With the warmer weather finally here, many Canadian families are getting outside where they can keep a safe distance from others. If you have a baby or young child, you may be wondering about what sun protection for your little one.
Carla Findlater, clinical pharmacist, DAN Women & Babies Program at Sunnybrook, says skin is most vulnerable in the first six months of life. During this time, babies should avoid both sun exposure and sunscreen. She recommends providing shade for babies by using a sunshield on strollers and in car windows. You can also dress your baby in breathable fabrics like cotton and linen, and ensure your infant has a broad-rimmed hat and sunglasses.
Ensuring adequate vitamin D intake is another question many families have. She says children can get vitamin D without the damaging effects of the sun, and suggests parents speak with their paediatrician about vitamin D supplements.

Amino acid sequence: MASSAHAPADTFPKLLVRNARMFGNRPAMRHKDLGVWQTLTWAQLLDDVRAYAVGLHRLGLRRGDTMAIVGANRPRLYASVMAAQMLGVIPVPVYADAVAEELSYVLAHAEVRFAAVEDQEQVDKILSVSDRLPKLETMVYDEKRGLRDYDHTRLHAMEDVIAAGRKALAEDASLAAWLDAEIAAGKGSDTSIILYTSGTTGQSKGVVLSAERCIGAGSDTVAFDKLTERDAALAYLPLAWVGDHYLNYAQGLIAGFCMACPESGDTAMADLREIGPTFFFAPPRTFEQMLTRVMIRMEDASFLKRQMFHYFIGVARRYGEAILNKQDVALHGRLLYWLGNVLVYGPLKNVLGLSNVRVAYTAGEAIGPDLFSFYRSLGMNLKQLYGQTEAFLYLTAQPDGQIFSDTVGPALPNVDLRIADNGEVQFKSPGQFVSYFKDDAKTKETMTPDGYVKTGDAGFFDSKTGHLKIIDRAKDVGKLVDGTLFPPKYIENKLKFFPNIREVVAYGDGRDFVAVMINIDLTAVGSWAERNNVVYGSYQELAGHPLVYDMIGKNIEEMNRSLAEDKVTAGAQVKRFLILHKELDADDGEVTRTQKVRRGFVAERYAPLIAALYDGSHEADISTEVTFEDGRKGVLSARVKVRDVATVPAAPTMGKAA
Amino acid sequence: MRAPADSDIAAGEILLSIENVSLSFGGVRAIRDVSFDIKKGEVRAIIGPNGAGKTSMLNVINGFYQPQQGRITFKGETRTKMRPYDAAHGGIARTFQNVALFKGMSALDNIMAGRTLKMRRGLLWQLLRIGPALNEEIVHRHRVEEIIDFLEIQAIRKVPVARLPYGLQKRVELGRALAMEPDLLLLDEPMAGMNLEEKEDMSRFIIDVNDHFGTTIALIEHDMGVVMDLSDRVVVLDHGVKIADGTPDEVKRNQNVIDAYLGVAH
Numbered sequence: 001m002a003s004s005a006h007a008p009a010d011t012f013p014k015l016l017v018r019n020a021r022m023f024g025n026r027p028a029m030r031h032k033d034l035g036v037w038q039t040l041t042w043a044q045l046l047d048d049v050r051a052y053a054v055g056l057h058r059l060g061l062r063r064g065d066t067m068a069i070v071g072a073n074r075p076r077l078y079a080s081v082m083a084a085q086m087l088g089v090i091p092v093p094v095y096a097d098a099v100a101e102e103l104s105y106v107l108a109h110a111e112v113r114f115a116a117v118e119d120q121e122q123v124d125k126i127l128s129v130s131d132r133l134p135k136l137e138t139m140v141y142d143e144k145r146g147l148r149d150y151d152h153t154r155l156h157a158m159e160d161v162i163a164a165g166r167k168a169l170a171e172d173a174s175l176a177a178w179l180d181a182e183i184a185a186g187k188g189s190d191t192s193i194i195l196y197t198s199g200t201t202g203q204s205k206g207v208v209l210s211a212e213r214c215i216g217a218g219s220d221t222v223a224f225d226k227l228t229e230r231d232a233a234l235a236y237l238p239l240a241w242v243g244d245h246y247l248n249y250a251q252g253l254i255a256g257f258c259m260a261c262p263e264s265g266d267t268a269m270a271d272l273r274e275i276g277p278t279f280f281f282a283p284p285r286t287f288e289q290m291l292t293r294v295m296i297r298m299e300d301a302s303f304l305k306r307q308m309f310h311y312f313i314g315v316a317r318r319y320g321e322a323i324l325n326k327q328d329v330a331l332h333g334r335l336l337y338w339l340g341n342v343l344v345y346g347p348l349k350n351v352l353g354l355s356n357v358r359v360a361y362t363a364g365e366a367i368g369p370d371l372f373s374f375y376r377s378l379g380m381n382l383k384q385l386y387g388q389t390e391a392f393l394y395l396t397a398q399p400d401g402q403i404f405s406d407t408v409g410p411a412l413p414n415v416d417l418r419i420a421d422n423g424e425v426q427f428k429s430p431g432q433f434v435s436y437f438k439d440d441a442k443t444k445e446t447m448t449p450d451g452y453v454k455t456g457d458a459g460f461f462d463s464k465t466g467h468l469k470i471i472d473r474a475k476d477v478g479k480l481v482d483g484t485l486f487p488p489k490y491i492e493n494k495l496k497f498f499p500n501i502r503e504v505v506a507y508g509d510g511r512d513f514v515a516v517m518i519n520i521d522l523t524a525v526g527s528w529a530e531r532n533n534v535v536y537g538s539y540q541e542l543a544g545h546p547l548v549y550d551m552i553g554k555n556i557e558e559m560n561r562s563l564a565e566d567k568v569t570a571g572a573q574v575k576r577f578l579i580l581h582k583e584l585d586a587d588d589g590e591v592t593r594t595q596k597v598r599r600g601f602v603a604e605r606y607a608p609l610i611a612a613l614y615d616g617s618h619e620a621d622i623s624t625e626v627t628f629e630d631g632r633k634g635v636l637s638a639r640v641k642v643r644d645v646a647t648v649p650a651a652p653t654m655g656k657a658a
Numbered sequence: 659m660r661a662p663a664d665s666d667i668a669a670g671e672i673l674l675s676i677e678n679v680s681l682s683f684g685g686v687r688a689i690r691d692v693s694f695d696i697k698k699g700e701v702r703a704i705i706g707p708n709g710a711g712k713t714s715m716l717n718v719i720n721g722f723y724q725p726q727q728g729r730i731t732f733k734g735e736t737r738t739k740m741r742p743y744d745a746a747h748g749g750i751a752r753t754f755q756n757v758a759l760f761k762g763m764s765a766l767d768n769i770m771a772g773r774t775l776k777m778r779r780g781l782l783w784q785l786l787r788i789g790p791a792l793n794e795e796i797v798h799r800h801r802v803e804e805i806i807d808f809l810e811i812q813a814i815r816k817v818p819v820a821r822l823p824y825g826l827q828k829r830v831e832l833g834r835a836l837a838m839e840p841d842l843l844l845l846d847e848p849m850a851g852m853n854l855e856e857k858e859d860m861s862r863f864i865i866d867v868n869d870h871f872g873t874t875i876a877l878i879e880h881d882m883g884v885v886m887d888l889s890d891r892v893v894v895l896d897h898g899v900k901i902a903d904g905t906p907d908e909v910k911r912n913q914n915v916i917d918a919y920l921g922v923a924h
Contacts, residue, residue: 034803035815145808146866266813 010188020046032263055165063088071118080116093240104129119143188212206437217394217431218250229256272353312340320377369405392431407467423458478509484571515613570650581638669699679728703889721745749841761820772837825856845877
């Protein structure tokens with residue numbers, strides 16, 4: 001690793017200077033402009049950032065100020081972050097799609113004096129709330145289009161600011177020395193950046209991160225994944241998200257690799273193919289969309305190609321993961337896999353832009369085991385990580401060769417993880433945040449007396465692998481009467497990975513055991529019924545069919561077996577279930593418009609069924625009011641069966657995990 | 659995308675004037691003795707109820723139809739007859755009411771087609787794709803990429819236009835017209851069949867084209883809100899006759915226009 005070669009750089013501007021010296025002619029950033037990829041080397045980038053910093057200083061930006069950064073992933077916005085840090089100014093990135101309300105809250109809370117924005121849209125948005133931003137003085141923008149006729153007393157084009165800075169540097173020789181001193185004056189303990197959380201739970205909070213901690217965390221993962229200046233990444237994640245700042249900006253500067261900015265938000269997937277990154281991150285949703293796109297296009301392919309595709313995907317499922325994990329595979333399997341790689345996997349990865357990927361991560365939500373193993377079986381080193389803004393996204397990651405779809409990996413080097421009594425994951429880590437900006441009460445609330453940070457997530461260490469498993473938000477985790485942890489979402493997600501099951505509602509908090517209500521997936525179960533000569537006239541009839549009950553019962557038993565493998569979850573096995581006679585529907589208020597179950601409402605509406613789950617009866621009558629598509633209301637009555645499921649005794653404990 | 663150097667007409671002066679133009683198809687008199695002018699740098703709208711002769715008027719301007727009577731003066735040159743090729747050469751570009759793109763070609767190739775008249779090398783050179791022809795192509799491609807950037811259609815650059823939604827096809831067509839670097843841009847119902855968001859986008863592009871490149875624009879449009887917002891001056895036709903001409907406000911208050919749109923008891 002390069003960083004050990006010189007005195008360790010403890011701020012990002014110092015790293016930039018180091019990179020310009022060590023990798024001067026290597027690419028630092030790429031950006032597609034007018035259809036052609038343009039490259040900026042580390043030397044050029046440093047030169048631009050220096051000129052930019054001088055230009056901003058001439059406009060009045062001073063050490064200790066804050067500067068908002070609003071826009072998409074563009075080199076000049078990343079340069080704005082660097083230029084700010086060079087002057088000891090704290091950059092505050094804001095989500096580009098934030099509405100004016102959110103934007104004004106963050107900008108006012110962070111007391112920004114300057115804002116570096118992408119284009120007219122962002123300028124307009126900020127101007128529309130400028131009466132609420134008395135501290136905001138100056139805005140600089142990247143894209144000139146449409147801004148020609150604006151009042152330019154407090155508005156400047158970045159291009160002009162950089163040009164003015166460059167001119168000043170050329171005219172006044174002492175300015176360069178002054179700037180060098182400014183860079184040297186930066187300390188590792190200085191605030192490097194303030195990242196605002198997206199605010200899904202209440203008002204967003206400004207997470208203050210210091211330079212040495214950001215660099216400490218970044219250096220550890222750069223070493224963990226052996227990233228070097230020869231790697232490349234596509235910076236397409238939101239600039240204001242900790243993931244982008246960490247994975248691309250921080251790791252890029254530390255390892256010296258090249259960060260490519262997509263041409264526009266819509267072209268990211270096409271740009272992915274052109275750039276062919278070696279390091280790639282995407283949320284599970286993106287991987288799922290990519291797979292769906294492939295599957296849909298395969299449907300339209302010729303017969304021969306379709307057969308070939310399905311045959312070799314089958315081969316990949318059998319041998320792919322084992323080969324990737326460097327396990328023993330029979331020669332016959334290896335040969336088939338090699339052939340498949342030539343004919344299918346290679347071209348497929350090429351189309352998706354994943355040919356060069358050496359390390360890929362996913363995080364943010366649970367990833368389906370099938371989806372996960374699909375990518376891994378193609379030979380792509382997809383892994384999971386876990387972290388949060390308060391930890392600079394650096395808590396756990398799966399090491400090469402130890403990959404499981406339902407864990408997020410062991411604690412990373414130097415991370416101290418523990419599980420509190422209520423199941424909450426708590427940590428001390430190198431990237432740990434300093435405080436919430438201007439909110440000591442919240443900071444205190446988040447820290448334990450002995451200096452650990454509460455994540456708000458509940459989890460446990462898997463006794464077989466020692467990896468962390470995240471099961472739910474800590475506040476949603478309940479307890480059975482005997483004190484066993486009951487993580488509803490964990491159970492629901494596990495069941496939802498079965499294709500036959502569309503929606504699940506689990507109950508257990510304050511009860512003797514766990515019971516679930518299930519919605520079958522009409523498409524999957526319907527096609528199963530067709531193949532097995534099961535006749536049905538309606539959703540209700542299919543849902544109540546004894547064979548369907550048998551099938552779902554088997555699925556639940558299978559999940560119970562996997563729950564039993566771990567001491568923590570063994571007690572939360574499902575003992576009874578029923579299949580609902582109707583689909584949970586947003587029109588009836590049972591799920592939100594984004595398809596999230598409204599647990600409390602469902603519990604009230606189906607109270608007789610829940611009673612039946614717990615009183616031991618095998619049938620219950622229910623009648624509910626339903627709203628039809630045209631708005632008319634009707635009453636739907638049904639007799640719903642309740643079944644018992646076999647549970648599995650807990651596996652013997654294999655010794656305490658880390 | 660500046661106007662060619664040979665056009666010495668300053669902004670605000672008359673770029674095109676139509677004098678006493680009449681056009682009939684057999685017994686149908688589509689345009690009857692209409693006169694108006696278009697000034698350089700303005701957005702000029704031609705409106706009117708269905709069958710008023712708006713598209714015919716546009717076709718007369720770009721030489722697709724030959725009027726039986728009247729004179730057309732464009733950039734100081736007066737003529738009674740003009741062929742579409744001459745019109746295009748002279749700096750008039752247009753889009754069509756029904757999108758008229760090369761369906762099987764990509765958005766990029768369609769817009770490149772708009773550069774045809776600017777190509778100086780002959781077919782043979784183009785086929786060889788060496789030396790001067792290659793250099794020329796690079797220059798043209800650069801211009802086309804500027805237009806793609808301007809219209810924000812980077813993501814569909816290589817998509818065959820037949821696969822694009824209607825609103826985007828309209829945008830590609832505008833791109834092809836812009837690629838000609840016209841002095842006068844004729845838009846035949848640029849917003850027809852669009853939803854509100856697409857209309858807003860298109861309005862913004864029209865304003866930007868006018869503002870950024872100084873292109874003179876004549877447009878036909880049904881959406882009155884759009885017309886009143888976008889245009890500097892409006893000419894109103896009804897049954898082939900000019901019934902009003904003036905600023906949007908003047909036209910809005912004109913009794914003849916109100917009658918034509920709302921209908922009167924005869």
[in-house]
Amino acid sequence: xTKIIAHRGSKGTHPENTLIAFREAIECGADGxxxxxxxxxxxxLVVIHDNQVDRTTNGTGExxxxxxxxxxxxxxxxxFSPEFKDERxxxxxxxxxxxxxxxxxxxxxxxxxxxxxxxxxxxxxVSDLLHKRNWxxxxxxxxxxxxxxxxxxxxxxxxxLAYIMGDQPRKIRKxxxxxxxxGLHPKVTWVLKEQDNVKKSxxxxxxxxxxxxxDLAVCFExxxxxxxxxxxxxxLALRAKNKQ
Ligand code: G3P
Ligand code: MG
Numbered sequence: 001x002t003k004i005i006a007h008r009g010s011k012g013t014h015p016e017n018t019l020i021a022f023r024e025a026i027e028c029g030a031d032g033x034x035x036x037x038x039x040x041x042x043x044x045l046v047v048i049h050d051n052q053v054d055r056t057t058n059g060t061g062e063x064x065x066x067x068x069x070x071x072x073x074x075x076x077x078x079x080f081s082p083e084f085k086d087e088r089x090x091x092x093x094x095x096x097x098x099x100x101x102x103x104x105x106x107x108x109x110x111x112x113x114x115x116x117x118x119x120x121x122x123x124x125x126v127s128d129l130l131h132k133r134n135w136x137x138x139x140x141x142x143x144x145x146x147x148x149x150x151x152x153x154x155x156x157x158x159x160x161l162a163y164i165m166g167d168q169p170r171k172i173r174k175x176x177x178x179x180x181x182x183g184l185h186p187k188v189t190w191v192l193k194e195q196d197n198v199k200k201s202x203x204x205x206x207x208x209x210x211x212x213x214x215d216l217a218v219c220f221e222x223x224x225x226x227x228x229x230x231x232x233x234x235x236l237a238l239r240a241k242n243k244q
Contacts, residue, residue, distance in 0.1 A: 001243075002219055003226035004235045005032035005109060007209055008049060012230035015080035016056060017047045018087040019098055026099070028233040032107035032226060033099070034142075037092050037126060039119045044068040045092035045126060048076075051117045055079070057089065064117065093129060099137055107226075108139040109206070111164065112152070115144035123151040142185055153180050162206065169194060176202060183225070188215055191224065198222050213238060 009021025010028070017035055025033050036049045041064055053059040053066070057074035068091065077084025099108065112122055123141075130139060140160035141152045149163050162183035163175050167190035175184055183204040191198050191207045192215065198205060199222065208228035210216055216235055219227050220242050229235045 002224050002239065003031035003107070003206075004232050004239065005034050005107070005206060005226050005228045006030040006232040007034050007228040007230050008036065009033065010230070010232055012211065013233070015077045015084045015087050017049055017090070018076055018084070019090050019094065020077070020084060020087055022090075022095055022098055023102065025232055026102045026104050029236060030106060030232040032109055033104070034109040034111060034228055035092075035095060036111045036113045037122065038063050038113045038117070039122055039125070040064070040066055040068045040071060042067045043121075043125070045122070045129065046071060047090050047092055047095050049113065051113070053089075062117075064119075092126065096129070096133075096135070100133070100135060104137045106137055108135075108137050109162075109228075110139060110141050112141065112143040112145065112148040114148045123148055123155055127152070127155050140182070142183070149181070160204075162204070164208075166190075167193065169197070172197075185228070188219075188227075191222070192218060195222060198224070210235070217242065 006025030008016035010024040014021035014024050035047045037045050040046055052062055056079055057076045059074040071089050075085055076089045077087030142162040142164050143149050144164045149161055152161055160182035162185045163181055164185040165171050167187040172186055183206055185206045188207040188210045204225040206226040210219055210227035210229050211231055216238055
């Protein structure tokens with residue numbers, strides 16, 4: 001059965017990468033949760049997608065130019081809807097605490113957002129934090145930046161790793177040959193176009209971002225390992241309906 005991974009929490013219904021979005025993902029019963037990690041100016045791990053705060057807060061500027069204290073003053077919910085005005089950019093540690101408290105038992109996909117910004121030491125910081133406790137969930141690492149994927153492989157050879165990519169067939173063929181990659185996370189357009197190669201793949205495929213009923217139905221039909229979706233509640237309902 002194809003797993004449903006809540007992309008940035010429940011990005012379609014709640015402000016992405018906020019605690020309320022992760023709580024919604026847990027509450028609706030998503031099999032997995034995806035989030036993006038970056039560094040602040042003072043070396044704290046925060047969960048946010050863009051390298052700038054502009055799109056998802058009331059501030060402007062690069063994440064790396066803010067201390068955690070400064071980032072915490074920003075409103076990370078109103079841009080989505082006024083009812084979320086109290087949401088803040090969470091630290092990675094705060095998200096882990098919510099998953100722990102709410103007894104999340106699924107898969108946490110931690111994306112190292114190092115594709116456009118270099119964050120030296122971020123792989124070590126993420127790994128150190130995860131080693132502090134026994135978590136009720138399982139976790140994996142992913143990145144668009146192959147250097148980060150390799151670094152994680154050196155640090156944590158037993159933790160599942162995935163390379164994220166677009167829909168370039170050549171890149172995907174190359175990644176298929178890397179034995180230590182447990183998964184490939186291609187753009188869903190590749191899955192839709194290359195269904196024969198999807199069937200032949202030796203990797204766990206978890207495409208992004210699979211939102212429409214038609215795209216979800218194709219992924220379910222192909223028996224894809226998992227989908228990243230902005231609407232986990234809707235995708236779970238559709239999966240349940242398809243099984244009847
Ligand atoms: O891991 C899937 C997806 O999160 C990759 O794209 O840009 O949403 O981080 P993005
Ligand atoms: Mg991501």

When it comes to selecting a sunscreen for children over six months of age, Carla has tips:
- Select a fragrance-free sunscreen with broad spectrum and minimum SPF 30+. Broad spectrum means the sunscreen will protect against both types of harmful rays: UVB and UVA light (UVB is associated with sun burns, UVA contributes to skin aging).
- Choose a sunscreen you’ll actually use: Consider your personal preferences, as there are many formulations (spray, stick, creme, lotion). Select whichever you will use reliably.
Be sure to apply the sunscreen to all exposed areas of your child 30 minutes before sun exposure and also reapply every two hours (and immediately after swimming or sweating). Remember, sun is the strongest from 11:00 a.m. to 3:00 p.m.
When it comes to removing the sunscreen, use gentle body soaps, coconut or olive oil, oil-based makeup remover or micellar water. Be sure to avoid abrasive towels, giving your child cold baths or rubbing the skin too vigorously.
What if your child does get a sunburn? Carla recommends applying cool compresses to affected areas, as well as aloe vera or some gentle moisturizer. Be sure to give your little one lots to drink to keep them hydrated, and you can also give acetaminophen, as directed, for pain. She recommends avoiding all products with enzocaine, lidocaine and alcohol, as well as steroid creams.
If your baby is sunburned and under one year old, Carla recommends they are seen by a doctor as soon as possible.